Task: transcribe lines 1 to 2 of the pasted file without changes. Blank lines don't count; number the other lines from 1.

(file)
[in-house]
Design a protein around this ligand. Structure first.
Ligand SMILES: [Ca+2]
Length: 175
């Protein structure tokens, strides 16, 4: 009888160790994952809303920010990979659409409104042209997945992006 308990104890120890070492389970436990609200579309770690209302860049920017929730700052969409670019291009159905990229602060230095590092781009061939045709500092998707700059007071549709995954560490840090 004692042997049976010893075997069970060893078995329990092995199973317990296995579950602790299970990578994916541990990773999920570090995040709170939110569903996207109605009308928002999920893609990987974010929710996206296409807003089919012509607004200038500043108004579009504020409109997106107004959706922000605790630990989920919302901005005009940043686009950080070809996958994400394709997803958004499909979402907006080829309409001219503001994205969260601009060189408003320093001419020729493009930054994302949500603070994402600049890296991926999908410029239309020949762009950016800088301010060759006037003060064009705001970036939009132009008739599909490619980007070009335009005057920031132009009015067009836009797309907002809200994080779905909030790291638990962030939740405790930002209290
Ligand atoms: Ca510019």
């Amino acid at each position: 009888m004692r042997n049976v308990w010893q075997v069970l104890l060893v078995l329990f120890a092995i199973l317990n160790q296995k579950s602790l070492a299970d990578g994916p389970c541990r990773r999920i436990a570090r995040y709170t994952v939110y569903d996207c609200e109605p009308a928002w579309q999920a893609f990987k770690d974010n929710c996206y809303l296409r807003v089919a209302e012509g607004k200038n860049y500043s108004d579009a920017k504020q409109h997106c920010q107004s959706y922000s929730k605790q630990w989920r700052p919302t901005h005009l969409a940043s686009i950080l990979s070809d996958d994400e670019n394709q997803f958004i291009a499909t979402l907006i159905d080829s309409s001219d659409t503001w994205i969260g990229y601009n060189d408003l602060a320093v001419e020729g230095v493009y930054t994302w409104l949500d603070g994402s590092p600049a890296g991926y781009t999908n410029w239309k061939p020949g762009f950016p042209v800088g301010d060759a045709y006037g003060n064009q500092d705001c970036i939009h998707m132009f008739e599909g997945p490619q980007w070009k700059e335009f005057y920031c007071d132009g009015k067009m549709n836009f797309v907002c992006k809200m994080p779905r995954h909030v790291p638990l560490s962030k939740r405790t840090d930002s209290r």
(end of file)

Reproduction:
[in-house]
Design a protein around this ligand. Structure first.